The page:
Caregiver Tool Box: Keeping Your Cool When A Loved One Is Experiencing Negative Symptoms
Persistence and resilience only come from having been given the chance to work though difficult problems. - Gever Tulley
Living with a loved one who is experiencing negative symptoms of their mental illness can be a challenge, and cause us to loose our cool as well. Depending on how long a loved one has been in a state of agitation we may be feeling overwhelmed and close to burning out, as many times there are stretches of days when a loved one experiences those negative symptoms. Without taking the proper breaks away for regrouping and replenishing our reserves we place ourselves in danger of responding in a manner which can exasperate a situation verses diffuse it. It is best to remind ourselves that our loved one isn’t choosing this behavior, at least not the majority of the time, and that the behavior is the result of the mental illness.
While being there and supporting is our main concern we must also remember our health is also very much a part of our main concern. If we spend too much time under stress it will start to take a toll on our bodies and our minds. So many caregivers wind up in the hospital with secondary patient symptoms as a result of the neglect of their own “self-care”. We don’t always feel like getting dressed and leaving the house, especially after a stint of arguing and negotiating with a loved one who may not want to take their medication or who may be non-compliant.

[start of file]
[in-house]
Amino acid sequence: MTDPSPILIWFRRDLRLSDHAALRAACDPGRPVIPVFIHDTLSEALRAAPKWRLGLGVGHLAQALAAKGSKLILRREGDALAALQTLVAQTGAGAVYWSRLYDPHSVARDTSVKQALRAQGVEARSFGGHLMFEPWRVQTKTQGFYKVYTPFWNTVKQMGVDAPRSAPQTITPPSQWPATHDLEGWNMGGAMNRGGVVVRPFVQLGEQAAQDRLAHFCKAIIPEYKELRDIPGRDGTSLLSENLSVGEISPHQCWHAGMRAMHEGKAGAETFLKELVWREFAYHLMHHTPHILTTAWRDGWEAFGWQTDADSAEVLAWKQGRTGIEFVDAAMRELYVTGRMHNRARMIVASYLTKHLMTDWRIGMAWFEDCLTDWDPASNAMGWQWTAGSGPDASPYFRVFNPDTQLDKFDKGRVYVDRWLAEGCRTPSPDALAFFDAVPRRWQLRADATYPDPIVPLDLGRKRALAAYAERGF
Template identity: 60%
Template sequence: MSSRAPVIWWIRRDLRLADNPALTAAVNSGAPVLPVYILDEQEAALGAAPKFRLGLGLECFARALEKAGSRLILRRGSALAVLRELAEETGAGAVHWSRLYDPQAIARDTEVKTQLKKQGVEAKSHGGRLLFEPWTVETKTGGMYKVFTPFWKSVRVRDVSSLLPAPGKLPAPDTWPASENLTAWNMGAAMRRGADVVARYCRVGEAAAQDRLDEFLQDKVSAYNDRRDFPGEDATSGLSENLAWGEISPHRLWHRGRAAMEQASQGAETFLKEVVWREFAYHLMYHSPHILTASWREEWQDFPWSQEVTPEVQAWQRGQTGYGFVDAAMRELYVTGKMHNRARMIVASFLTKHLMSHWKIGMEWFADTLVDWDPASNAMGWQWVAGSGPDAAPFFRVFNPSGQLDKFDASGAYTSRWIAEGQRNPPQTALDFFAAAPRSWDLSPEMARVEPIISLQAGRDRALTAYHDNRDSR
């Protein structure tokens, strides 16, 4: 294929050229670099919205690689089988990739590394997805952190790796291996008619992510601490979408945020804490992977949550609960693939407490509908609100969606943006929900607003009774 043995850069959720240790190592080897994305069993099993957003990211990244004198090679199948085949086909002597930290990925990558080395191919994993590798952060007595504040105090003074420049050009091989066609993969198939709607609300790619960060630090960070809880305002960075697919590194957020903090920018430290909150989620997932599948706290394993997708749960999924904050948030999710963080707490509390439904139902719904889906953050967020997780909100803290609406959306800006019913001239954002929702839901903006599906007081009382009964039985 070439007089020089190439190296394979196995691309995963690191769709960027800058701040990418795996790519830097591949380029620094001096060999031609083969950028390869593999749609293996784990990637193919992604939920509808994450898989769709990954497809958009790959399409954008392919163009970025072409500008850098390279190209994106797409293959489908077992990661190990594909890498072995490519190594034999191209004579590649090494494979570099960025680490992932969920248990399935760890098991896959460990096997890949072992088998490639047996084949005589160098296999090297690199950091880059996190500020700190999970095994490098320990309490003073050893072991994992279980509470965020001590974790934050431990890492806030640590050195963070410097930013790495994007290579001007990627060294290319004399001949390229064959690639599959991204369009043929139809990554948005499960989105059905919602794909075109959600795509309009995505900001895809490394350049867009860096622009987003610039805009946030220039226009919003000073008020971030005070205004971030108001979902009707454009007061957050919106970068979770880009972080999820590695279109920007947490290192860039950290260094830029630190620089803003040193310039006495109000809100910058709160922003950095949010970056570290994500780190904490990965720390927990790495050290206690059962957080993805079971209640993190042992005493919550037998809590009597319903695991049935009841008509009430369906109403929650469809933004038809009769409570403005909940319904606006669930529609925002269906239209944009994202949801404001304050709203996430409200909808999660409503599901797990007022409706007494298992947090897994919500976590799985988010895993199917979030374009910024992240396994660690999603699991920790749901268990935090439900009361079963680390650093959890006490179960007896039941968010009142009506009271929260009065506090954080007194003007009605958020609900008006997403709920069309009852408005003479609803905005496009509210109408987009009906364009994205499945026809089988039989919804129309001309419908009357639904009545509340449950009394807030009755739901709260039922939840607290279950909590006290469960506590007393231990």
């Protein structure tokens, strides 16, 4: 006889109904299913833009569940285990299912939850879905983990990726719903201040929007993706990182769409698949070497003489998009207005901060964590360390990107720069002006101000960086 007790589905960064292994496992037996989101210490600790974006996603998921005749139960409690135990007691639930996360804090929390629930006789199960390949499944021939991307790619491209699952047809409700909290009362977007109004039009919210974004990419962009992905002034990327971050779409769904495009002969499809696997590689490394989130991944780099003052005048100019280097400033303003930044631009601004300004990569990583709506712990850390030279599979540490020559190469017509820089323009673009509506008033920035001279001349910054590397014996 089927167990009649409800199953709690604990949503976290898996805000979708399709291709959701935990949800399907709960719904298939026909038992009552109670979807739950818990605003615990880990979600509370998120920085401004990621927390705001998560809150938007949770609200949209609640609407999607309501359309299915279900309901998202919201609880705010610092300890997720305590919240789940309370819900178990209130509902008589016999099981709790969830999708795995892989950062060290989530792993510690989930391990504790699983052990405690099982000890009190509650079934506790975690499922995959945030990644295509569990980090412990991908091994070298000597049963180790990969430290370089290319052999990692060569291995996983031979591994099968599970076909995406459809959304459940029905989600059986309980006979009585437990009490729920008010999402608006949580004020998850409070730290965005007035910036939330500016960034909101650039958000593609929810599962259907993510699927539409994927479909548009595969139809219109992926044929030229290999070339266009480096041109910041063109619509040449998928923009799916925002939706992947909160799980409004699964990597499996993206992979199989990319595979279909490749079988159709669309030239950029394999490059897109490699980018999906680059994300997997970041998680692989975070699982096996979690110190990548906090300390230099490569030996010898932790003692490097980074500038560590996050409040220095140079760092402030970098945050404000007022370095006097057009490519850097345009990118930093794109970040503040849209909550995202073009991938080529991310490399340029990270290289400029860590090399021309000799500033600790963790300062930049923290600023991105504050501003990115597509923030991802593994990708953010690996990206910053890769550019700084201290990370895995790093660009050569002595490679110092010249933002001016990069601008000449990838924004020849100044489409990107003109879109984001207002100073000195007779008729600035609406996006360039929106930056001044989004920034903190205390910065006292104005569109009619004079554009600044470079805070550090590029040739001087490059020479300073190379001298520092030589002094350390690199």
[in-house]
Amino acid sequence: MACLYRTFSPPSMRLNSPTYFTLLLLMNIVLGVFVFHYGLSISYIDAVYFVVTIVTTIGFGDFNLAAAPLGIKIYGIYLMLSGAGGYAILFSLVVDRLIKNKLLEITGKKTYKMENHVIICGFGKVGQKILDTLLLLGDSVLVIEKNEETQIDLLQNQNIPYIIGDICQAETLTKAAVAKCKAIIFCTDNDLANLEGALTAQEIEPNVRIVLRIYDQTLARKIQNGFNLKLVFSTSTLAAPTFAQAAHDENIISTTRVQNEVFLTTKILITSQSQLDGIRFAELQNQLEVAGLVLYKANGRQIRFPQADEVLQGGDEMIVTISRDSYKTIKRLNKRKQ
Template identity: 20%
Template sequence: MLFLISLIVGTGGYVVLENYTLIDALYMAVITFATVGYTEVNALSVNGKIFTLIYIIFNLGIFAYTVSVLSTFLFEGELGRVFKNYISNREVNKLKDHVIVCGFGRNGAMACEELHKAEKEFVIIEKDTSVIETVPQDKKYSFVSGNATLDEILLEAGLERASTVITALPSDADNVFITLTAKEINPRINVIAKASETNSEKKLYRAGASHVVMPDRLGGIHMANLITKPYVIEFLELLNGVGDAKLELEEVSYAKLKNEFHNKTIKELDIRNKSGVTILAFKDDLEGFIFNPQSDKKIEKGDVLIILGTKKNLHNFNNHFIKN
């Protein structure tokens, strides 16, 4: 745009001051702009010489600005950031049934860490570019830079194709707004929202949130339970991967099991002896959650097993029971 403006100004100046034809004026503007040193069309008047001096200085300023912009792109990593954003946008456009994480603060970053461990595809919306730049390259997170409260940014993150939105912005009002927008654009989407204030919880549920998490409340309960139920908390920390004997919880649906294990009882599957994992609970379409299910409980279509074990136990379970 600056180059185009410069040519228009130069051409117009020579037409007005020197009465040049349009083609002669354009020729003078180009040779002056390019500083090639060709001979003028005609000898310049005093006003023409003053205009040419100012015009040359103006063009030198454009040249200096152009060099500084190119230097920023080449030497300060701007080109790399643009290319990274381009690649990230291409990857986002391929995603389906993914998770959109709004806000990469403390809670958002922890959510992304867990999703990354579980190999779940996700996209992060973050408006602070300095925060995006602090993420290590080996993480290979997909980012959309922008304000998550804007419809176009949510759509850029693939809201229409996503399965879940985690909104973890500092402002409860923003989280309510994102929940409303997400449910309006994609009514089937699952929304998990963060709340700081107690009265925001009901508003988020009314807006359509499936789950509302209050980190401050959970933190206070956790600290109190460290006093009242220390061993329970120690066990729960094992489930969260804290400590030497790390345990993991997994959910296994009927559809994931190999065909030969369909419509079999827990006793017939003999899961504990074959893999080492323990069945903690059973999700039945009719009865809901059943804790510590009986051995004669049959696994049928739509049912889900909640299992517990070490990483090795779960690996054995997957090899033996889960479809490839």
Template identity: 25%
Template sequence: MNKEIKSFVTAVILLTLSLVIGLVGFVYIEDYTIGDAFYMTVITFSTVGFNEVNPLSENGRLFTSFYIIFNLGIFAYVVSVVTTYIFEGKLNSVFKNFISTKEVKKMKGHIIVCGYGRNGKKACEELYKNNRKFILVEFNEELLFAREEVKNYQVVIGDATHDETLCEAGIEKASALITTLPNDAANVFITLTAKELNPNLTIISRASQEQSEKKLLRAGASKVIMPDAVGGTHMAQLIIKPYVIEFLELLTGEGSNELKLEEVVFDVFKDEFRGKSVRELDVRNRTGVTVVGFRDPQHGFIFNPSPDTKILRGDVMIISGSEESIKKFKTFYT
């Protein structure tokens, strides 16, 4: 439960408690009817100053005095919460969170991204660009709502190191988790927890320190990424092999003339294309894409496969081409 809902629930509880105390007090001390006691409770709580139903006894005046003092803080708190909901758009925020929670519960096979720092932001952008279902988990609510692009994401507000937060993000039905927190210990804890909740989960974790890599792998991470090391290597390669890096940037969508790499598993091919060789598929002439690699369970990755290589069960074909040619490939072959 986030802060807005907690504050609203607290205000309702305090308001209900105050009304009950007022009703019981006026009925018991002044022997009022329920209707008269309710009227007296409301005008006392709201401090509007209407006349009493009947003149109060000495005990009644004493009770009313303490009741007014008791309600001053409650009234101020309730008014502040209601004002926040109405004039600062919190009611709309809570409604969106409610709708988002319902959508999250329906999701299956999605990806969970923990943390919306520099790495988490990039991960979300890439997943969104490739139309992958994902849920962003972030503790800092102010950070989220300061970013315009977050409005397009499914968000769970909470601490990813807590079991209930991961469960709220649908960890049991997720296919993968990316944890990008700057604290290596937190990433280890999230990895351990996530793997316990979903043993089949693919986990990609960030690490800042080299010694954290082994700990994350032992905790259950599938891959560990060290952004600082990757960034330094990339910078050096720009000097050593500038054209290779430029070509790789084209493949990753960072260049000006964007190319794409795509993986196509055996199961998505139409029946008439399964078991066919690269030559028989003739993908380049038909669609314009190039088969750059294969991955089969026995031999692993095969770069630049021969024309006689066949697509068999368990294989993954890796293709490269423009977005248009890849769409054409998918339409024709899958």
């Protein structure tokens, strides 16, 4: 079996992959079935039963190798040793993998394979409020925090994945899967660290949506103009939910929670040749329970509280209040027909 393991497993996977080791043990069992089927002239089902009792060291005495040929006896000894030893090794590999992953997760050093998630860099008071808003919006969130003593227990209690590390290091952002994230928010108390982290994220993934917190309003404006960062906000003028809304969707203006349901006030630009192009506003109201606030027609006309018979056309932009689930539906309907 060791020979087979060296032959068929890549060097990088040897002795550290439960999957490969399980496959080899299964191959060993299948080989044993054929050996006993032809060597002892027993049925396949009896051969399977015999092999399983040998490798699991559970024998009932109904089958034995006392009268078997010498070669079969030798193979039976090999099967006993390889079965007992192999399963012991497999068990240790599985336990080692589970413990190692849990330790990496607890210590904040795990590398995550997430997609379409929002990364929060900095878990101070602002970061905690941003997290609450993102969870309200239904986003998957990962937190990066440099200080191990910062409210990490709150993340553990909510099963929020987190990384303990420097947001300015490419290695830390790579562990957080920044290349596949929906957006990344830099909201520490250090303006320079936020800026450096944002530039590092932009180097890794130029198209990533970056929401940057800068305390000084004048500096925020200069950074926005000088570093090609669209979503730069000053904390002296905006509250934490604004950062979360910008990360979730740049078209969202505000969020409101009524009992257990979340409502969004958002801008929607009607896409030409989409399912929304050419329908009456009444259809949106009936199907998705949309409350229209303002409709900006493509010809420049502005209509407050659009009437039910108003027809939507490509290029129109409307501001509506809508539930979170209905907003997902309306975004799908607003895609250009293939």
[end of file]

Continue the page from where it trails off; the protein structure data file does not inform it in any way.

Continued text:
As a mental health family caregiver we spend a great deal of time, especially in the beginning of our journey with a loved one who is not having much success with the “treatment program” as it takes a while to find one that is effective, navigating the waters of non-compliance. Non compliance means a loved one chooses to no longer take prescribed medication or attend therapy sessions with their psychiatrist or psychologist. A loved one may start to feel better after taking medication and attribute it to them being healed of the illness and stop taking the medication. A loved one may return to self medicating. There are a host of reasons for non-compliance and during the time when we are in the throes of battling with a loved one trying to get them to take medication, go to therapy, or get some rest the reason is the least of our concerns. We just want the tug of war to be over.
One of the most important things to remember is you will never win the argument with a loved one who is experiencing negative symptoms because they are not in a state of being rational. Whatever they are experiencing is very real to them and you telling them it’s not doesn’t make it so.
Our jobs as a mental health family caregiver is to anchor our loved one in reality as they are being pulled in various directions by psychosis, paranoia, mania, or depression. They may not see it’s not the world against them or that everyone thinks they are a burden, and therefore we remind them how much they are loved, and that family and friends are supporting them on the journey and understand how difficult it is for them.
Telling a loved one what they are doing is insensitive and cruel at the moment when they are behaving in an irrational manner only serves to agitate them more. Remind yourself it is not your loved one behaving badly on their own but the illness that is ravaging their mind and body.